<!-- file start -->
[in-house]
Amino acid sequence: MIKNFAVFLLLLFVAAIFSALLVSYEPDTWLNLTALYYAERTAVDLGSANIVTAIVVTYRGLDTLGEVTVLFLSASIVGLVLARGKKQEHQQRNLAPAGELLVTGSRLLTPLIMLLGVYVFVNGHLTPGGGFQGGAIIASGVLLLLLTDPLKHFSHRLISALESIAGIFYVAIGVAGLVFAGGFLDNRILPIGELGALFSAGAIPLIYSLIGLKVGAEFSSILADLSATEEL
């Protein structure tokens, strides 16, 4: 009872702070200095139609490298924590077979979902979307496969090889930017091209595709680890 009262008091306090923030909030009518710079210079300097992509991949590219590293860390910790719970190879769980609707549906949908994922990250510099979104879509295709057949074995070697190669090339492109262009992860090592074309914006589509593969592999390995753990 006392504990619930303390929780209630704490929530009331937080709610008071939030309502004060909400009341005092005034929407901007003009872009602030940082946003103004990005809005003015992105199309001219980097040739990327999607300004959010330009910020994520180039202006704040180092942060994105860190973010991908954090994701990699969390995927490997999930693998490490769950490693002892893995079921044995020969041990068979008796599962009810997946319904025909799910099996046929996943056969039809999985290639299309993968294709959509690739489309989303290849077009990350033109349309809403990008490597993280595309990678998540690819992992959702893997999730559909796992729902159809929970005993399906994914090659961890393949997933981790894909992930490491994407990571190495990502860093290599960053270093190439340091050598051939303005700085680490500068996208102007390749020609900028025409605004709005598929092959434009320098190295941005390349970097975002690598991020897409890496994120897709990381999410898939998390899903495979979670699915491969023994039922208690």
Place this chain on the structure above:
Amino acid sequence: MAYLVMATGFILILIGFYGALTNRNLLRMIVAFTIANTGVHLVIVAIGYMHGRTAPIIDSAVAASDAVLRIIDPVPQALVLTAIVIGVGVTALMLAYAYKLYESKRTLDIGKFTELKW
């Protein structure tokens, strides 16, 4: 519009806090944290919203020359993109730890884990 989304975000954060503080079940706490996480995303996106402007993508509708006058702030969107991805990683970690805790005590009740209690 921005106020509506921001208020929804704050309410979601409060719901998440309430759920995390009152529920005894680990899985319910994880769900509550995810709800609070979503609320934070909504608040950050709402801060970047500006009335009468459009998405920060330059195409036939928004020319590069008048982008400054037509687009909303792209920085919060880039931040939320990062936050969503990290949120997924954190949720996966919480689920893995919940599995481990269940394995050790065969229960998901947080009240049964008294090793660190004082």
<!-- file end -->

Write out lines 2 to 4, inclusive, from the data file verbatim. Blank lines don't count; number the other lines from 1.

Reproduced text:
Amino acid sequence: MIKNFAVFLLLLFVAAIFSALLVSYEPDTWLNLTALYYAERTAVDLGSANIVTAIVVTYRGLDTLGEVTVLFLSASIVGLVLARGKKQEHQQRNLAPAGELLVTGSRLLTPLIMLLGVYVFVNGHLTPGGGFQGGAIIASGVLLLLLTDPLKHFSHRLISALESIAGIFYVAIGVAGLVFAGGFLDNRILPIGELGALFSAGAIPLIYSLIGLKVGAEFSSILADLSATEEL
């Protein structure tokens, strides 16, 4: 009872702070200095139609490298924590077979979902979307496969090889930017091209595709680890 009262008091306090923030909030009518710079210079300097992509991949590219590293860390910790719970190879769980609707549906949908994922990250510099979104879509295709057949074995070697190669090339492109262009992860090592074309914006589509593969592999390995753990 006392504990619930303390929780209630704490929530009331937080709610008071939030309502004060909400009341005092005034929407901007003009872009602030940082946003103004990005809005003015992105199309001219980097040739990327999607300004959010330009910020994520180039202006704040180092942060994105860190973010991908954090994701990699969390995927490997999930693998490490769950490693002892893995079921044995020969041990068979008796599962009810997946319904025909799910099996046929996943056969039809999985290639299309993968294709959509690739489309989303290849077009990350033109349309809403990008490597993280595309990678998540690819992992959702893997999730559909796992729902159809929970005993399906994914090659961890393949997933981790894909992930490491994407990571190495990502860093290599960053270093190439340091050598051939303005700085680490500068996208102007390749020609900028025409605004709005598929092959434009320098190295941005390349970097975002690598991020897409890496994120897709990381999410898939998390899903495979979670699915491969023994039922208690």
Place this chain on the structure above: